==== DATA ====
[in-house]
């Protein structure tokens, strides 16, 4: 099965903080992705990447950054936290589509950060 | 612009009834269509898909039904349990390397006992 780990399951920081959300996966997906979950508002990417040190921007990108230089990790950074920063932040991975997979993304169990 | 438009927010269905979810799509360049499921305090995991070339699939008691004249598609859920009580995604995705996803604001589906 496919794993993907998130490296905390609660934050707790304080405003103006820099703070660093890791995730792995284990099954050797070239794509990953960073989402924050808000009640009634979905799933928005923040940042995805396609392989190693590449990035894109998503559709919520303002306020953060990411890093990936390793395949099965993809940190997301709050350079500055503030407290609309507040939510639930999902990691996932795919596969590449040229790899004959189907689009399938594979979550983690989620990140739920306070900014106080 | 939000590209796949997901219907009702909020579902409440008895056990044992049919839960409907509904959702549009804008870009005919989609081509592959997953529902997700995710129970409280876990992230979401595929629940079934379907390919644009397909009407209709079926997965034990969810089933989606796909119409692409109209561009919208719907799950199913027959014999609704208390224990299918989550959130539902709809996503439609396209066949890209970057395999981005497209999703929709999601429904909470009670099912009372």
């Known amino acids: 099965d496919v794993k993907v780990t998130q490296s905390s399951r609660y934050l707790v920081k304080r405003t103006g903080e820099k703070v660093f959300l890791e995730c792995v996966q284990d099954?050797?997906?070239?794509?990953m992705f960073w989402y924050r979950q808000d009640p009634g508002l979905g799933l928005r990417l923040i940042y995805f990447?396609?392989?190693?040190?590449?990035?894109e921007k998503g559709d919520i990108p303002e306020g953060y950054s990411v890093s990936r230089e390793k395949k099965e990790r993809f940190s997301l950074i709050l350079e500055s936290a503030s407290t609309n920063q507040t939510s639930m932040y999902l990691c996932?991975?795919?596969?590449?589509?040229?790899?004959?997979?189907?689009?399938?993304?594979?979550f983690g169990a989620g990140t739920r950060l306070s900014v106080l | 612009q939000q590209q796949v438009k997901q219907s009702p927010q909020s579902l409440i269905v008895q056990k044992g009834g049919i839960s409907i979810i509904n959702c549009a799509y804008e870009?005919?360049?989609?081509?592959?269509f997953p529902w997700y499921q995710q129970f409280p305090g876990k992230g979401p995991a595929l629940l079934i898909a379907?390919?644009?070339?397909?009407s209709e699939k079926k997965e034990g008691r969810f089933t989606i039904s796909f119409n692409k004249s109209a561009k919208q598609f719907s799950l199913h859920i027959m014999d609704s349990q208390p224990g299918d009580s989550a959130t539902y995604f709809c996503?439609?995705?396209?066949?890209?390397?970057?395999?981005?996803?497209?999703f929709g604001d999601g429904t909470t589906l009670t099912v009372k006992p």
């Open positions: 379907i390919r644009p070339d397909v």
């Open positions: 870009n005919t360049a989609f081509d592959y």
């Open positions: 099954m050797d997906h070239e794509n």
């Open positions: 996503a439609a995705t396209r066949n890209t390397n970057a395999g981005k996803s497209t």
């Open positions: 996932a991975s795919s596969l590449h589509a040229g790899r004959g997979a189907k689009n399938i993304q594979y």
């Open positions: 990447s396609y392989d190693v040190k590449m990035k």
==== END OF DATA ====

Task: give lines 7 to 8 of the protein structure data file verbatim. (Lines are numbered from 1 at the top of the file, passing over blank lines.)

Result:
């Open positions: 996503a439609a995705t396209r066949n890209t390397n970057a395999g981005k996803s497209t």
């Open positions: 996932a991975s795919s596969l590449h589509a040229g790899r004959g997979a189907k689009n399938i993304q594979y």